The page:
Dear Friend of Hymnary,

As you know, we don't ask for money too often. But we're asking now.

So before you hit the "close" button on this box, please consider a donation to keep Hymnary going.

More than half a million people come here every month -- worship leaders, hymnologists, hymn lovers and more -- people who now have access to the most complete database of North American hymnody on the planet thanks to this site. But keeping all of this afloat does not come without a cost, and we have limited sources of revenue. So if you benefit from Hymnary.org, would you please consider a donation today? Even small amounts help, and they also let us know you're behind us and support what we do.

You can make your tax-deductible contribution by clicking the Donate button below, or you can send a check to Hymnary at 3201 Burton SE, Grand Rapids, MI 49546.

On behalf of the entire Hymnary team,
Harry Plantinga

Alegra o Triste Coração

Author: John Newton

Newton, John, who was born in London, July 24, 1725, and died there Dec. 21, 1807, occupied an unique position among the founders of the Evangelical School, due as much to the romance of his young life and the striking history of his conversion, as to his force of character. His mother, a pious Dissenter, stored his childish mind with Scripture, but died when he was seven years old. At the age of eleven, after two years' schooling, during which he learned the rudiments of Latin, he went to sea with his father. His life at sea teems with wonderful escapes, vivid dreams, and sailor recklessness. He grew into an abandoned and godless sailor. The religious fits of his boyhood changed into settled infidelity, through the study of Shaftesbury and… Go to person page >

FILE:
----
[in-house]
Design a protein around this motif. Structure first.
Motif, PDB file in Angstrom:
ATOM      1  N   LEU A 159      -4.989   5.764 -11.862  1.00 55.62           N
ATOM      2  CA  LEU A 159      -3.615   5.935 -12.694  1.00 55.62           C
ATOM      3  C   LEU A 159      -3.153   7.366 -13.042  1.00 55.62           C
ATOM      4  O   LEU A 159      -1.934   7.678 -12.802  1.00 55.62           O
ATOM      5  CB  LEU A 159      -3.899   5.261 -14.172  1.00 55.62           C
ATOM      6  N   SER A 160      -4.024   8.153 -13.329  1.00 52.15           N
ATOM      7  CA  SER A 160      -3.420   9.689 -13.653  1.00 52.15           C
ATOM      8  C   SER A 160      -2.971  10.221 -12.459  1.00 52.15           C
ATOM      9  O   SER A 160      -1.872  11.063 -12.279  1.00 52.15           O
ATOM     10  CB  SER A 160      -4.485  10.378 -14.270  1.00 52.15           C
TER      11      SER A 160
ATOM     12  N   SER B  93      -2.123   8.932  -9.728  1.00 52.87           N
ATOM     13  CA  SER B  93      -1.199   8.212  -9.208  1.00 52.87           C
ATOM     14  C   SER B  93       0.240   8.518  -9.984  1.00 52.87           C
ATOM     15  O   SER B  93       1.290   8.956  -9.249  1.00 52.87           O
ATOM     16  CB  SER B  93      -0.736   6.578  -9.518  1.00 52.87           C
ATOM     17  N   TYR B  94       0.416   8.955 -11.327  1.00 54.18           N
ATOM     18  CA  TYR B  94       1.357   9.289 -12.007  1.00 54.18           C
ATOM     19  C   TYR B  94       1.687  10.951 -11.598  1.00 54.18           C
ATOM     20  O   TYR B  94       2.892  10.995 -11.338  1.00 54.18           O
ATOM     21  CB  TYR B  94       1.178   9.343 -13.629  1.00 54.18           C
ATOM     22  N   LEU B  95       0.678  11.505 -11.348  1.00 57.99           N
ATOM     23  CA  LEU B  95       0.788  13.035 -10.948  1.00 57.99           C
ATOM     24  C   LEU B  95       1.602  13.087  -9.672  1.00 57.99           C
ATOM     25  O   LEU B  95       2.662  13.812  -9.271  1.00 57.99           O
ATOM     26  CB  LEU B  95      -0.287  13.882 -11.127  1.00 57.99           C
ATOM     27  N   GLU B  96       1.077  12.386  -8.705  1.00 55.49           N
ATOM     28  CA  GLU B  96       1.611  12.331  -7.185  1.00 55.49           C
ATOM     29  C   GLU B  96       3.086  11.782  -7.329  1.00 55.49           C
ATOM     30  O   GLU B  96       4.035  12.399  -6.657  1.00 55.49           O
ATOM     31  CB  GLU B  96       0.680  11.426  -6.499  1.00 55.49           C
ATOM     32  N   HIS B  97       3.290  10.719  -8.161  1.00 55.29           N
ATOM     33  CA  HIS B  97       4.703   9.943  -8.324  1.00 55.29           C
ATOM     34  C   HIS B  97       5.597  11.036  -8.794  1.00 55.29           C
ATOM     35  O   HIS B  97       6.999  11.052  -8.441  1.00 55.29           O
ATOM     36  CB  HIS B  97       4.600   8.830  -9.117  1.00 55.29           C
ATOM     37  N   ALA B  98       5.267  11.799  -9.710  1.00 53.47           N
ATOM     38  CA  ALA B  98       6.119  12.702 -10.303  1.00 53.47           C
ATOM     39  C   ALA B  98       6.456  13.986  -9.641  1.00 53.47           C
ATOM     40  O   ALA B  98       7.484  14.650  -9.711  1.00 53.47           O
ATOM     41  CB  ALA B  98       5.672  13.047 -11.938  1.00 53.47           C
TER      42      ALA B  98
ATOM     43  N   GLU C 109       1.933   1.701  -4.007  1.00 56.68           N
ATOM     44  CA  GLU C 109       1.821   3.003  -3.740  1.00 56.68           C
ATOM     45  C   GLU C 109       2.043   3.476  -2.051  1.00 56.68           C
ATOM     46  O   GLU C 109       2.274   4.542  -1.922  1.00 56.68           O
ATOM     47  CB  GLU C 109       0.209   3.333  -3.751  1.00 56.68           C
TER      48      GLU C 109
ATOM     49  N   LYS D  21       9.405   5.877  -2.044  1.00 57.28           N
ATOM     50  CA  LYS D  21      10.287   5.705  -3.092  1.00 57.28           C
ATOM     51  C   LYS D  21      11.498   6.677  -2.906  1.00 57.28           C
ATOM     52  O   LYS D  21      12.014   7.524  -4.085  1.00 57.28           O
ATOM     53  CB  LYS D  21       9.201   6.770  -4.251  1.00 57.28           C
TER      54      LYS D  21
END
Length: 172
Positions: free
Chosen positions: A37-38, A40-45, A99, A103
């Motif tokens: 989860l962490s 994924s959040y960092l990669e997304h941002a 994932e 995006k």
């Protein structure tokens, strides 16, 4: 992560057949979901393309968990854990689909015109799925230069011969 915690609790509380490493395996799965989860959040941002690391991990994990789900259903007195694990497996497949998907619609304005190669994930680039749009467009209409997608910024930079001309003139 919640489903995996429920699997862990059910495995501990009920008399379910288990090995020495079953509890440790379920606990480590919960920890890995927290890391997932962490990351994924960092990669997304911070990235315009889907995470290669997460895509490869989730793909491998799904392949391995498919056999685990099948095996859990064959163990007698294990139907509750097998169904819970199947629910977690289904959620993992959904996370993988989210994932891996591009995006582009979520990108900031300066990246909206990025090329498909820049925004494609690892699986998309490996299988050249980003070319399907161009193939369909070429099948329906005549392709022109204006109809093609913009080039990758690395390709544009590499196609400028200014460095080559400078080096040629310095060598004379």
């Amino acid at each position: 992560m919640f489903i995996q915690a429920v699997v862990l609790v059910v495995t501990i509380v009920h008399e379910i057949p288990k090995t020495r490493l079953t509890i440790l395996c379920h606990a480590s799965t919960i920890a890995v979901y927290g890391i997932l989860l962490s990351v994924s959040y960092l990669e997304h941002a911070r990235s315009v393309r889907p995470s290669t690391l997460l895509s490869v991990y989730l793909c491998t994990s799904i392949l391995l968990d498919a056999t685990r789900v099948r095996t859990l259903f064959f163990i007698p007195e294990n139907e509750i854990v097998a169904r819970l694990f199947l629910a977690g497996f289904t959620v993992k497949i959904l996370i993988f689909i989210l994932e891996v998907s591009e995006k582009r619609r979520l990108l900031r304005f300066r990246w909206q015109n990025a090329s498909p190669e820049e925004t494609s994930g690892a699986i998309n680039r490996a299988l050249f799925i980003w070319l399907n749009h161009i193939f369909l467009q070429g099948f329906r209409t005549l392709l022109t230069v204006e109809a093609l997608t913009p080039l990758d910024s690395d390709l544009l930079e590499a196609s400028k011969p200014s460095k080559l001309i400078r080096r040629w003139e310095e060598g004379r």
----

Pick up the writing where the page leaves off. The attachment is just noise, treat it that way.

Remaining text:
Translator: Henry Maxwell Wright

Born in Lisbon, 7 December 1849 to English parents who were Christians. He returned to England and worked in business. After helping Dwight Moody in evangelism campaigns in England in 1874 and 1875 he abandoned his business career and became an evangelist in England and Scotland. He returned to Portugal on several occasions for evangelism meetings and wrote many hymns in Portuguese. Go to person page >

Text Information

First Line: Alegra o triste coração do pobre pecador
Title: Alegra o Triste Coração
English Title: How Sweet the Name of Jesus Sounds
Translator: Henry Maxwell Wright (1890)
Author: John Newton (1779)
Meter: 8.6.8.6
Language: Portuguese
Publication Date: 1991
Copyright: This text may still be under copyright because it was published in 1991.

Tune

LAND OF REST (American)

LAND OF REST is an American folk tune with roots in the ballads of northern England and Scotland. It was known throughout the Appalachians; a shape-note version of the tune was published in The Sacred Harp (1844) and titled NEW PROSPECT as the setting for "O land of rest! for thee I sigh." The tune…

Go to tune page >





Advertisements